>
>> me send it to you, *unless* I have already (or at the same time) sent
>
>> you a binary version.
>
>
>
> Open source usually means what the OSI-approved license says it means.
>
>
>
> For OSL 3.0, "Licensor agrees to provide a machine-readable copy of the
>
> Source Code of the Original Work along with each copy of the Original Work
>
> that Licensor distributes. Licensor reserves the right to satisfy this
>
> obligation by placing a machine-readable copy of the Source Code in an
>
> information repository reasonably calculated to permit inexpensive and
>
> convenient access by You for as long as Licensor continues to distribute the
>
> Original Work." [http://opensource.org/licenses/osl-3.0.php, §4]
>
>
>
> So this license places an obligation on the *Licensor* to provide the source
>
> code to licensees regardless of whether any licensee asks for it. Source
>
> either accompanies the Original Work, or it is posted by the Licensor
>
> somewhere convenient. [Or else the Licensor is in breach of his own license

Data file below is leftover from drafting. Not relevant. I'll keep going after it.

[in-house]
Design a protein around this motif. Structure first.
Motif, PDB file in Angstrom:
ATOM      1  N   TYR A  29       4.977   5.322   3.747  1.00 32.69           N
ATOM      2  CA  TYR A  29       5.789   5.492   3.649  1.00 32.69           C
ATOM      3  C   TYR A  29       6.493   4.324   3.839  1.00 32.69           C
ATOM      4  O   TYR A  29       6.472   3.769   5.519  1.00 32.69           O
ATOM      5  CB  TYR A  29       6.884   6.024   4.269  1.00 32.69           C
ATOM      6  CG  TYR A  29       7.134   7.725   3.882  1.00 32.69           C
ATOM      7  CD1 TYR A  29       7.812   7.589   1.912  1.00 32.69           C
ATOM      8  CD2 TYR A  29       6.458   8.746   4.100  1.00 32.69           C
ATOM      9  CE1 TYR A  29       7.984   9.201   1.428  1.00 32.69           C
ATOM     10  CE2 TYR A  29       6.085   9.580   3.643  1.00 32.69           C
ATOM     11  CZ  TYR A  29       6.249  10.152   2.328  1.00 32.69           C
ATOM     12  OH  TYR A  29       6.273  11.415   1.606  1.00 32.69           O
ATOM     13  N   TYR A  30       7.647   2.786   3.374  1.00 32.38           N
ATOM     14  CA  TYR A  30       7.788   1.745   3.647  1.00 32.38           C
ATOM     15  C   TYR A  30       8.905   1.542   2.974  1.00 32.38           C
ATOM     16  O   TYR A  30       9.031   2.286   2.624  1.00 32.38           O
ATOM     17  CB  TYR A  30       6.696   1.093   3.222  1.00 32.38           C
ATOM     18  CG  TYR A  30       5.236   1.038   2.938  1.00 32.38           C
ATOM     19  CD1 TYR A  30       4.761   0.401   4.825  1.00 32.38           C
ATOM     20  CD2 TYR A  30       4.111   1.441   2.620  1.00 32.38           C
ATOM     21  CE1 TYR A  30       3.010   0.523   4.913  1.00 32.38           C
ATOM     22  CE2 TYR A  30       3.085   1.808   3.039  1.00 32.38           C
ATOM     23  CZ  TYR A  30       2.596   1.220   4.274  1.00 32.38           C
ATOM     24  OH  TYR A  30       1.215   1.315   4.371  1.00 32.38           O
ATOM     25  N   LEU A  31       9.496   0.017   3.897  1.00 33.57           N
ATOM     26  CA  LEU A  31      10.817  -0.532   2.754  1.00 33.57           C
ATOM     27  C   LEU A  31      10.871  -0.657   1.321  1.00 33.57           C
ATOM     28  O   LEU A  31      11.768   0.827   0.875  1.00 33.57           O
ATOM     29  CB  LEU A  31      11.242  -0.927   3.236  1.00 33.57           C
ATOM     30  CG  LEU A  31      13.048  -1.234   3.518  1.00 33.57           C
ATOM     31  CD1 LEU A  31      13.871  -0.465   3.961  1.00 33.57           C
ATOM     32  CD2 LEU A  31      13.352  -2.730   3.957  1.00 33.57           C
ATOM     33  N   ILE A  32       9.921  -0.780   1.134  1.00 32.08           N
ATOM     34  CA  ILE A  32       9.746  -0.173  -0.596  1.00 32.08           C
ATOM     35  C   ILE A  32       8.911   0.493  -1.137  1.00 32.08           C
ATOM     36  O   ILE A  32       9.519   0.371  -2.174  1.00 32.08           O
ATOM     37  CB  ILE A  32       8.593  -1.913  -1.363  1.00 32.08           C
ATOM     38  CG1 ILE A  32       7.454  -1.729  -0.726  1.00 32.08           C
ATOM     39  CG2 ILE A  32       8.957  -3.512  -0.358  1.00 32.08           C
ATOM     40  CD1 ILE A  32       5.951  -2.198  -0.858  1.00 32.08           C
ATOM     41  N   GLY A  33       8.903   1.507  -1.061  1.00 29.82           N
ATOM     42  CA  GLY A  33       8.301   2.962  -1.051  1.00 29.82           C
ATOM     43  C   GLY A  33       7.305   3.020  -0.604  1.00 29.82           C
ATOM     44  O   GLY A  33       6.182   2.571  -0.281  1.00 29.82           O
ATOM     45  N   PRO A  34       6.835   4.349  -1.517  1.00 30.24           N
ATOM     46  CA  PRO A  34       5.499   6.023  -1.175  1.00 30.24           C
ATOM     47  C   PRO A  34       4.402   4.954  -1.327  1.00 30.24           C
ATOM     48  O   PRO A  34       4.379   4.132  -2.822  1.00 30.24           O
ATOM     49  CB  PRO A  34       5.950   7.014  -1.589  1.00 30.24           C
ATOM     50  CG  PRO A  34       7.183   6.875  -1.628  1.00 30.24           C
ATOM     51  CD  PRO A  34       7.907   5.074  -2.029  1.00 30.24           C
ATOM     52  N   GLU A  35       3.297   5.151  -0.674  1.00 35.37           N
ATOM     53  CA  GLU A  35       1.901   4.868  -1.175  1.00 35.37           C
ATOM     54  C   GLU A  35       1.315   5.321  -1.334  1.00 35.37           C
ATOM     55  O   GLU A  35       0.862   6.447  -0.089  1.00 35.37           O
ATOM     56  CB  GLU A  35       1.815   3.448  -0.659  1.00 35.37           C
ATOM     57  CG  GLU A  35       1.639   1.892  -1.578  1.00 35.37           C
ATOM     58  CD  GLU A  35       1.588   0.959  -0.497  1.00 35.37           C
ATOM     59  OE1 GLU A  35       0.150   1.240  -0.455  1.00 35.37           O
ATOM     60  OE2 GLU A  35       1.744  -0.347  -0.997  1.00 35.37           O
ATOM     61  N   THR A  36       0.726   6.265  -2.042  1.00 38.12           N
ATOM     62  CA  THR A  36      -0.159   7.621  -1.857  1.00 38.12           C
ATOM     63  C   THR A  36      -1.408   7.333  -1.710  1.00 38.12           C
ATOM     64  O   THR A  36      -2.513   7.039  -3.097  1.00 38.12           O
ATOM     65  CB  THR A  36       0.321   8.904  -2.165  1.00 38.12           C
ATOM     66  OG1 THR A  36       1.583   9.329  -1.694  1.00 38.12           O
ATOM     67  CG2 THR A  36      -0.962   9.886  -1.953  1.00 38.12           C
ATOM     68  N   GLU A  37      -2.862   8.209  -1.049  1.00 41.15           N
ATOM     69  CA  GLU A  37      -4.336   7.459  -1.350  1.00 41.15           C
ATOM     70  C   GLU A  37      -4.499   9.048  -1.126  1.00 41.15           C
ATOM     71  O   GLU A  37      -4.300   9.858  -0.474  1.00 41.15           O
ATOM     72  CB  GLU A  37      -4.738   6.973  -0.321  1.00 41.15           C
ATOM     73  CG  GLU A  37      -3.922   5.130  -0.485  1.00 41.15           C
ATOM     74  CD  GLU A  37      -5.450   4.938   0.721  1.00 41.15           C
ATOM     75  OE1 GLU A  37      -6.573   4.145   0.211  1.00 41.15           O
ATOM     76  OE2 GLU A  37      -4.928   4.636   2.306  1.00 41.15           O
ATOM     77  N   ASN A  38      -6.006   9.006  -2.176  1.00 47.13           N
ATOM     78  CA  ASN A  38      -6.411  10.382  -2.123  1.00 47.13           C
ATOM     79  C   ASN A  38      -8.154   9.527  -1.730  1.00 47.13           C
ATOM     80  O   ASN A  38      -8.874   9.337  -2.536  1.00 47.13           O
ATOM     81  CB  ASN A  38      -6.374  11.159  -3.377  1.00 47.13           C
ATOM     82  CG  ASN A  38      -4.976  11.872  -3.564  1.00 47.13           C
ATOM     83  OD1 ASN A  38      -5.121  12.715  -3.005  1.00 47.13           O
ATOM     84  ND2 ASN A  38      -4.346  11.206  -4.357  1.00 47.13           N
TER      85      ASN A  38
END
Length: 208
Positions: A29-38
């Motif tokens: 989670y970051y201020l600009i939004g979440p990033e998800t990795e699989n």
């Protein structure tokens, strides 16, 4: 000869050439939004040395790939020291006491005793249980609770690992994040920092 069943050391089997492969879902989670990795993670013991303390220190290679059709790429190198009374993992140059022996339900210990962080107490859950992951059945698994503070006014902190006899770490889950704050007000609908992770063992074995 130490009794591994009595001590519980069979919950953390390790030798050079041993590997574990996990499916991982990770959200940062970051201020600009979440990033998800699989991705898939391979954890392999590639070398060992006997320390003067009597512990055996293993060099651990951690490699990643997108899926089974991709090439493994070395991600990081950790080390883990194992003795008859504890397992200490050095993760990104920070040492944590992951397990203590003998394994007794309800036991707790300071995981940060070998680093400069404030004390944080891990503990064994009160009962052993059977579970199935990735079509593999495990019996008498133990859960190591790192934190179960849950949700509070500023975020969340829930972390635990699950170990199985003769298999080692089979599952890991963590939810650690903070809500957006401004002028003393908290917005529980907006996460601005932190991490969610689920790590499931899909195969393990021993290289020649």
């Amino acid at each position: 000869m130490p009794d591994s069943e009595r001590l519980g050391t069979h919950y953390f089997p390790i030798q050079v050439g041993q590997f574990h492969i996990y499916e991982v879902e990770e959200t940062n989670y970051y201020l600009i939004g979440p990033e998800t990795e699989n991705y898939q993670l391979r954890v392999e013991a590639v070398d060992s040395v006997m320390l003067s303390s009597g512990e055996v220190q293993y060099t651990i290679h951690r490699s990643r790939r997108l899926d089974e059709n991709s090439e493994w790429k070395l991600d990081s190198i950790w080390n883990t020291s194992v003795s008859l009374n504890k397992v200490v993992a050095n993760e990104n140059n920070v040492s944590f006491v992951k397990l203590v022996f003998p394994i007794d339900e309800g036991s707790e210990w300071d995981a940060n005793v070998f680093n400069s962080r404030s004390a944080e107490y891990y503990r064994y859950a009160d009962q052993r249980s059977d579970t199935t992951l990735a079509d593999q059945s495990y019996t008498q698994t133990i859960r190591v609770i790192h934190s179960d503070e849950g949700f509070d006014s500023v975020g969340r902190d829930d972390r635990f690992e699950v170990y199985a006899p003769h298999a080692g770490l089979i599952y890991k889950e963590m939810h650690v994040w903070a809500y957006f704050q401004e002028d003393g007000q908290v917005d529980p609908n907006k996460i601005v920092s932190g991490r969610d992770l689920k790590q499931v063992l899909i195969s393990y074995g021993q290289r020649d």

>
> and subject to paying damages and attorney's fees if a licensee can't
>
> actually get the source code!]
>
>
>
> With OSL 3.0, any licensee who in turn distributes the Original Work or
>
> Derivative Works to third parties automatically and reciprocally becomes a
>
> *Licensor* and thereby accepts the obligation to provide source. [§1(c), §4]
>
>
>
> As for the GPL, the issue with that license is usually whether a licensee
>
> who modifies the code is required to publish *its* source code. I leave that
>
> interpretation for the FSF to write.
>
>
>
> /Larry
>
>
>
> Lawrence Rosen
>
> Rosenlaw & Einschlag, a technology law firm (www.rosenlaw.com)
>
> 3001 King Ranch Road, Ukiah, CA 95482
>
> 707-485-1242 * cell: 707-478-8932 * fax: 707-485-1243
>
> Skype: LawrenceRosen
>
>
>
>
>
>
>
>
>
>> -----Original Message-----
>